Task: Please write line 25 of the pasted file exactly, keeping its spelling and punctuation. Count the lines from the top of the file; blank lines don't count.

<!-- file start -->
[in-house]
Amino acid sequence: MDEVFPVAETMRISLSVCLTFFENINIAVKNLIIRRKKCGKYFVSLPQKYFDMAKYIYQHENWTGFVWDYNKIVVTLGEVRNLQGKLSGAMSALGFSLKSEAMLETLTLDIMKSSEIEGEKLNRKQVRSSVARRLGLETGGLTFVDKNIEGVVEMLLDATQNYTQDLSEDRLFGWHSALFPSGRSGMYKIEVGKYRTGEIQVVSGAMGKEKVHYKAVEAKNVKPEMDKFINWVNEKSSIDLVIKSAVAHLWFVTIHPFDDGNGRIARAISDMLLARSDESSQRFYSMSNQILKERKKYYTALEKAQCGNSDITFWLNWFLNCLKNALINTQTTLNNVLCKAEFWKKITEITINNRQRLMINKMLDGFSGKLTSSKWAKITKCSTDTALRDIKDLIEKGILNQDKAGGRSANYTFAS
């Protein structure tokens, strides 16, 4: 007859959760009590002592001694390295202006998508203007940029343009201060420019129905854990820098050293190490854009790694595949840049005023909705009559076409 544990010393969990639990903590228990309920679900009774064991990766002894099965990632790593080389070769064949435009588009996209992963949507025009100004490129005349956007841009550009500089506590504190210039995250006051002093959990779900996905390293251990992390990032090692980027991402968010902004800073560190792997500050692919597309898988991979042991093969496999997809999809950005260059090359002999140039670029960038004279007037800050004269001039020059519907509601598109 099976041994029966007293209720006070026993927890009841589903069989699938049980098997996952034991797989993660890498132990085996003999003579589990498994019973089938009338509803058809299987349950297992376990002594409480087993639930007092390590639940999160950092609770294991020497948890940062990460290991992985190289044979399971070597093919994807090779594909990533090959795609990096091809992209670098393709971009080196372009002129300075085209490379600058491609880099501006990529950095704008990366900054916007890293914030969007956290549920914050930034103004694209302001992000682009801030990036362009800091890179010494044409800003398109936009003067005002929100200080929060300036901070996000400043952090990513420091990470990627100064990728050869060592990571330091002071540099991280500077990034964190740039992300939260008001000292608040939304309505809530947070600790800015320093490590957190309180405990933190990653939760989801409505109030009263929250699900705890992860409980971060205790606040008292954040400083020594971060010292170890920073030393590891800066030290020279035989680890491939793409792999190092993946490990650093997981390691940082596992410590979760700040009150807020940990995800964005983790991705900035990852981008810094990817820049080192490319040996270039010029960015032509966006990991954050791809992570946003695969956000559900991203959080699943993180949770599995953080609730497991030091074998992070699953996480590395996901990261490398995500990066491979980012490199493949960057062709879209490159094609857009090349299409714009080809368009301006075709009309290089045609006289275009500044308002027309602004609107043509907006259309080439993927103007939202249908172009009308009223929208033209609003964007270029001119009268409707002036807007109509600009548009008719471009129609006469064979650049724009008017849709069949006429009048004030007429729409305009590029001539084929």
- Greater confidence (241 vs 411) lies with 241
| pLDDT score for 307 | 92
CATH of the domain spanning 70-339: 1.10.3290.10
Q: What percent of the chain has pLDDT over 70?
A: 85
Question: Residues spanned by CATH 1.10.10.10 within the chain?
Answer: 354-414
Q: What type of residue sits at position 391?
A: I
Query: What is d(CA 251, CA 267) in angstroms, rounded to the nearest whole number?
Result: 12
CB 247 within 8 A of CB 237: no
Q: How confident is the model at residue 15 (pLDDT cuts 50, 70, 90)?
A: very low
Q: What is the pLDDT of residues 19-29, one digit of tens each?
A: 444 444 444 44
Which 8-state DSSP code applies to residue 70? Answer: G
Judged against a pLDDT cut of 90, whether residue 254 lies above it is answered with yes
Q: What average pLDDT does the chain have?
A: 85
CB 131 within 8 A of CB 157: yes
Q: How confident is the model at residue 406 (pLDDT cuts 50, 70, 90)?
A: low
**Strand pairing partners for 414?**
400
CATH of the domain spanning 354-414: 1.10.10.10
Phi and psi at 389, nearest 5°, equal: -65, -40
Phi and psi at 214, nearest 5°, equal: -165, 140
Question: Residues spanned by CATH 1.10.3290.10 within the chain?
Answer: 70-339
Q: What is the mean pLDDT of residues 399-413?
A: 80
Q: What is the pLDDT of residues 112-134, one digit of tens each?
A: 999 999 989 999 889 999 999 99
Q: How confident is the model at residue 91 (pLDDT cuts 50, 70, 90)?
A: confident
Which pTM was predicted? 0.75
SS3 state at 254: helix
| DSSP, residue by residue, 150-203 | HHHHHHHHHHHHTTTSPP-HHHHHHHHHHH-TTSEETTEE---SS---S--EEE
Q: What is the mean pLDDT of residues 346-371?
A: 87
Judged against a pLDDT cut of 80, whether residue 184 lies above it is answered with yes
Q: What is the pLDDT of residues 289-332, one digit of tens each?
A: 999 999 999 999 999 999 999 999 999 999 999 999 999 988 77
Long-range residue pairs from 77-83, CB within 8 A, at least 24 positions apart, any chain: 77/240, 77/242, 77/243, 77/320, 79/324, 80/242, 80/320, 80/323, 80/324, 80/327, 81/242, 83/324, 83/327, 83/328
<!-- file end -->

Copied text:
Q: How confident is the model at residue 406 (pLDDT cuts 50, 70, 90)?